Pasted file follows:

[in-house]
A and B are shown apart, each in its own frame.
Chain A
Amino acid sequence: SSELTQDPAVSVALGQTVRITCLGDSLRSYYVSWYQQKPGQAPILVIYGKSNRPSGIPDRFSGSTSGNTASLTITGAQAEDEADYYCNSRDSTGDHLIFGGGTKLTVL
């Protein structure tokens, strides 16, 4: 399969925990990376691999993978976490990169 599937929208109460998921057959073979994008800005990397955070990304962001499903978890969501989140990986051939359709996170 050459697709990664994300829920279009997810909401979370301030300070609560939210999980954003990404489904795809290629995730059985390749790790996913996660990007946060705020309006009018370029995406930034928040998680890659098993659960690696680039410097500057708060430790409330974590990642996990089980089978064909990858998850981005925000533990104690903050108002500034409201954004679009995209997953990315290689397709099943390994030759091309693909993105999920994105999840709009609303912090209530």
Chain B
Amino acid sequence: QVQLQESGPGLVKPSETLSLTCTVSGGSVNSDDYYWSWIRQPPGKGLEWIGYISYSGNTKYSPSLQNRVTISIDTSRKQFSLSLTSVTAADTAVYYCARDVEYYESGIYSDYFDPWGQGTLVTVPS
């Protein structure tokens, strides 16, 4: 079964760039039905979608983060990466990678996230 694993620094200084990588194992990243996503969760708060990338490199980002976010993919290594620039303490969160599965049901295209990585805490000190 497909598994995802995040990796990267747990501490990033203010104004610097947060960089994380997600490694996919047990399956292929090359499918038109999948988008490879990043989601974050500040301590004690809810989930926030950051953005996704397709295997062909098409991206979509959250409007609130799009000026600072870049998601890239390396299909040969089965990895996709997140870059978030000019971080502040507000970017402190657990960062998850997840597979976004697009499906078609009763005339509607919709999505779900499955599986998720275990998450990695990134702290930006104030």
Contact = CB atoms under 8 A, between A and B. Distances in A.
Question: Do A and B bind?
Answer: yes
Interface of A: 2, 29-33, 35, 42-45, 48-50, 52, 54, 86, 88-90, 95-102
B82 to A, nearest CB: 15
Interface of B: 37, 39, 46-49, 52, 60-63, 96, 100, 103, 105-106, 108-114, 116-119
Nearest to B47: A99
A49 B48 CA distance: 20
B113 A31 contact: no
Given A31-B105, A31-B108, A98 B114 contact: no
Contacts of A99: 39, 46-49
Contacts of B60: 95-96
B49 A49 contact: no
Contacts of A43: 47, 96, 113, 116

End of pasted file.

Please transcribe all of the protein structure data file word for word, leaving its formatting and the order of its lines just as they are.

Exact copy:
[in-house]
A and B are shown apart, each in its own frame.
Chain A
Amino acid sequence: SSELTQDPAVSVALGQTVRITCLGDSLRSYYVSWYQQKPGQAPILVIYGKSNRPSGIPDRFSGSTSGNTASLTITGAQAEDEADYYCNSRDSTGDHLIFGGGTKLTVL
């Protein structure tokens, strides 16, 4: 399969925990990376691999993978976490990169 599937929208109460998921057959073979994008800005990397955070990304962001499903978890969501989140990986051939359709996170 050459697709990664994300829920279009997810909401979370301030300070609560939210999980954003990404489904795809290629995730059985390749790790996913996660990007946060705020309006009018370029995406930034928040998680890659098993659960690696680039410097500057708060430790409330974590990642996990089980089978064909990858998850981005925000533990104690903050108002500034409201954004679009995209997953990315290689397709099943390994030759091309693909993105999920994105999840709009609303912090209530």
Chain B
Amino acid sequence: QVQLQESGPGLVKPSETLSLTCTVSGGSVNSDDYYWSWIRQPPGKGLEWIGYISYSGNTKYSPSLQNRVTISIDTSRKQFSLSLTSVTAADTAVYYCARDVEYYESGIYSDYFDPWGQGTLVTVPS
């Protein structure tokens, strides 16, 4: 079964760039039905979608983060990466990678996230 694993620094200084990588194992990243996503969760708060990338490199980002976010993919290594620039303490969160599965049901295209990585805490000190 497909598994995802995040990796990267747990501490990033203010104004610097947060960089994380997600490694996919047990399956292929090359499918038109999948988008490879990043989601974050500040301590004690809810989930926030950051953005996704397709295997062909098409991206979509959250409007609130799009000026600072870049998601890239390396299909040969089965990895996709997140870059978030000019971080502040507000970017402190657990960062998850997840597979976004697009499906078609009763005339509607919709999505779900499955599986998720275990998450990695990134702290930006104030």
Contact = CB atoms under 8 A, between A and B. Distances in A.
Question: Do A and B bind?
Answer: yes
Interface of A: 2, 29-33, 35, 42-45, 48-50, 52, 54, 86, 88-90, 95-102
B82 to A, nearest CB: 15
Interface of B: 37, 39, 46-49, 52, 60-63, 96, 100, 103, 105-106, 108-114, 116-119
Nearest to B47: A99
A49 B48 CA distance: 20
B113 A31 contact: no
Given A31-B105, A31-B108, A98 B114 contact: no
Contacts of A99: 39, 46-49
Contacts of B60: 95-96
B49 A49 contact: no
Contacts of A43: 47, 96, 113, 116